Frustrated by an air conditioner that won’t start?

There’s not much that’s worse than when you need to use your air conditioner and it won’t start.

Whether it’s the first time you’ve used it all year, or you just know you’ll need it more and more as the temperatures rise, it’s frustrating to find that your air conditioning system isn’t doing what it’s supposed to do.

There are four main things you can check yourself (if you’re comfortable doing so!) before calling anyone out and paying a service fee.

These are relatively common reasons for air conditioning issues, and you can save yourself time and money if you’re able to identify and resolve the issue in your home.

1. Is your thermostat set to cool?

I know it sounds silly, but if you have anyone at all living with you, it’s worth checking. Particularly when the weather is very temperate, it’s common for people to simply turn their AC off entirely to enjoy the nice weather. This is one of the first things we look into when we receive calls for air conditioning issues.

2. Do you have a tripped circuit breaker?

Now of course, it’s possible this was simply turned off for some reason (maybe you had someone out to do work on your home or your property). But if you notice that your circuit breaker is tripping repeatedly, there may be an underlying problem.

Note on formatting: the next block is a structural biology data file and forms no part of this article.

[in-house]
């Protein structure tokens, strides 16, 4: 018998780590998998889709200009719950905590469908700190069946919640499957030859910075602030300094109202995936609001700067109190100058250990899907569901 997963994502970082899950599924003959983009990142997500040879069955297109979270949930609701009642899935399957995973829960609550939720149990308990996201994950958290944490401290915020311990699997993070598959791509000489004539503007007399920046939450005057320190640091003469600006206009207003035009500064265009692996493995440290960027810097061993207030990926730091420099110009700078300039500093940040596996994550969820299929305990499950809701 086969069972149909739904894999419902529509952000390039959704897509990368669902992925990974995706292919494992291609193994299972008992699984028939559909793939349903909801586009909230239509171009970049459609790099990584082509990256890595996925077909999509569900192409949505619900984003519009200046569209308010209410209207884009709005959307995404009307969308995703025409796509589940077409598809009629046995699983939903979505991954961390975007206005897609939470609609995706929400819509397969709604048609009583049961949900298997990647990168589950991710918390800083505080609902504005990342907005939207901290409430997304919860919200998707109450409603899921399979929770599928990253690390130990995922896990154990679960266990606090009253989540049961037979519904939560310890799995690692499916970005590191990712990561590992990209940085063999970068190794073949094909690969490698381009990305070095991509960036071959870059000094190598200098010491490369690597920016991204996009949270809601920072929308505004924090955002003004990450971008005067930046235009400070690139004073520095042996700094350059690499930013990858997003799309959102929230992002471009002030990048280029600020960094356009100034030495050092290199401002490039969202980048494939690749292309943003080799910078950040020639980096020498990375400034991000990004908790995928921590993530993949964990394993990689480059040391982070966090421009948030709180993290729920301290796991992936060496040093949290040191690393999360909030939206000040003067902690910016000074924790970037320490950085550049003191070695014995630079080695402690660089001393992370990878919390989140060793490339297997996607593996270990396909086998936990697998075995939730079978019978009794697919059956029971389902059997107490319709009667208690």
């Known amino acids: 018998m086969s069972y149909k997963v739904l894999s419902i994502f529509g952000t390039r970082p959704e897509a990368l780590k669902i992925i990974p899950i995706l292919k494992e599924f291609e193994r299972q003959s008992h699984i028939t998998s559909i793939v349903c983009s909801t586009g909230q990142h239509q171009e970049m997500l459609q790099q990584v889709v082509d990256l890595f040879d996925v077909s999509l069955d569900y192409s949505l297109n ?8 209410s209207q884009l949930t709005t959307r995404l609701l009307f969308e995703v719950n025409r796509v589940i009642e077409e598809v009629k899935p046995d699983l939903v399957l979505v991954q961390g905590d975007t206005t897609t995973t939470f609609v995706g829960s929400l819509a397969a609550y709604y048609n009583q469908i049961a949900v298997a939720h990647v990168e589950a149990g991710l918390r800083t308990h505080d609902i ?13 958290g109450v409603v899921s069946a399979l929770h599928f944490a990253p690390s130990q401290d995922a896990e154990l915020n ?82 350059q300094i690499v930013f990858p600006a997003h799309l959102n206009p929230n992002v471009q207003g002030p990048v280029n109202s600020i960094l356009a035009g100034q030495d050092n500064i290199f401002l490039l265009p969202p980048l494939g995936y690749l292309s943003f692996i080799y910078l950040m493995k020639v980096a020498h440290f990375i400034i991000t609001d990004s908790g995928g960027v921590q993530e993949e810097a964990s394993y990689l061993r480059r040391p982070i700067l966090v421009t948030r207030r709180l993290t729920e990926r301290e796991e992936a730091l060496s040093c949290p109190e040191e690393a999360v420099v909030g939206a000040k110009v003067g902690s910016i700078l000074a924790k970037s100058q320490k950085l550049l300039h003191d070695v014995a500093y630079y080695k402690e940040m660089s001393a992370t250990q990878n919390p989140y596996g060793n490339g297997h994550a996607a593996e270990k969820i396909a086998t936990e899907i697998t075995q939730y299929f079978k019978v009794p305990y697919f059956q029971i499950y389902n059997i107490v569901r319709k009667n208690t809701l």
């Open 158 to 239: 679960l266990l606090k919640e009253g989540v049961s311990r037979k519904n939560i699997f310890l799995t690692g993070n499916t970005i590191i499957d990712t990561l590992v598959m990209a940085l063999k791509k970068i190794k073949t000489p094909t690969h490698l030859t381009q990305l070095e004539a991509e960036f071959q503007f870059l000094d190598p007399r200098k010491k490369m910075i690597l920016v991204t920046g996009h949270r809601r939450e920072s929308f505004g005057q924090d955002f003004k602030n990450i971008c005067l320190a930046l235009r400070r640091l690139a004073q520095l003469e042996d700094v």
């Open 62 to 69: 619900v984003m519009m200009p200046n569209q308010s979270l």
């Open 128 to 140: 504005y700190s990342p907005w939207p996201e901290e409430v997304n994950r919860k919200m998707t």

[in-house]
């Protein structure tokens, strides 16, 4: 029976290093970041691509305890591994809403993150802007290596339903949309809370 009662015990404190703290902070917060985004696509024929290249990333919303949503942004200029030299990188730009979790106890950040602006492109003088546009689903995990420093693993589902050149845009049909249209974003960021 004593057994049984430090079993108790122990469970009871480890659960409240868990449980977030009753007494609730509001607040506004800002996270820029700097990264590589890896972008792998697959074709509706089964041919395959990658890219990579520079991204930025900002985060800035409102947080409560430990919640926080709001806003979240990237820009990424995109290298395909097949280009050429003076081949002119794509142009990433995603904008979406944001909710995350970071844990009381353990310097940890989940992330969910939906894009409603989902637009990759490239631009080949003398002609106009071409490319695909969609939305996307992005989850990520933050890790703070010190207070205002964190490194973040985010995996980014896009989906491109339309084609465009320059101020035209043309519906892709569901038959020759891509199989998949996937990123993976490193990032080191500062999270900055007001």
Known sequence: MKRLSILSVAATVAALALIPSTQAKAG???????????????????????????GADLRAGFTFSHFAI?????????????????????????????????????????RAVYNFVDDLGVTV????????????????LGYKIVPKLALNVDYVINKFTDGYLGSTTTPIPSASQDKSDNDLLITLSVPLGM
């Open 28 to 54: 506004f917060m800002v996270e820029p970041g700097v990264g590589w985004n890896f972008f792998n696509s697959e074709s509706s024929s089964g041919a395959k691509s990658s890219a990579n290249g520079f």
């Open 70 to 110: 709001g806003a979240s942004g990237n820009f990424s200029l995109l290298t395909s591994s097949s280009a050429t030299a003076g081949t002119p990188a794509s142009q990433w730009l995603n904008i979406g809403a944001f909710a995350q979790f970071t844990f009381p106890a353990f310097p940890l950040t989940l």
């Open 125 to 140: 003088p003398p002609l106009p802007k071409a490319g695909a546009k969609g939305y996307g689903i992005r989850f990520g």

You should definitely check the main circuit breaker for your home, but there should also be a breaker box by your condenser (the outside part of your air conditioning system) according to building code. That’s usually helpful when you’re getting your HVAC system serviced, but as the home owner, you’re certainly free to check and see if it’s tripped.

3. Is your indoor unit draining properly?

The indoor part of your HVAC system is often in a closet or in your attic. There’s an evaporator coil that collects condensation, and a drain pan underneath it that should have a safety precaution to shut off the unit when the system isn’t draining properly.

If your air conditioner isn’t working, it may be shut off for safety purposes for something like this (to prevent water damage from leaks). Notice a clog? If you can get it safely unclogged, your system should begin draining properly, the safety feature will turn off, and your air conditioner will get back to work!

4. What’s the blower doing?

If the outside part of your unit appears to be working properly, but the inside isn’t getting any airflow, it’s possible that there’s an issue with your blower. Typically, your blower is near your furnace.

You can check for a tripped circuit, and if that’s the issue, flipping the switch back to “on” should help. It’s also possible that the blower motor isn’t functioning properly. If that’s the case, it’s a good idea to call in a professional.

One cause I didn’t include: a broken thermostat. It’s entirely possible that your thermostat is broken if you aren’t getting any cool air, but our technicians have found that to be the issue on very few of their site visits.

If you aren’t comfortable checking for one of these four reasons—or the issue is something other than these four—or you’re just tired of sweating and want someone to fix it, give us a call. We’d be happy to help.

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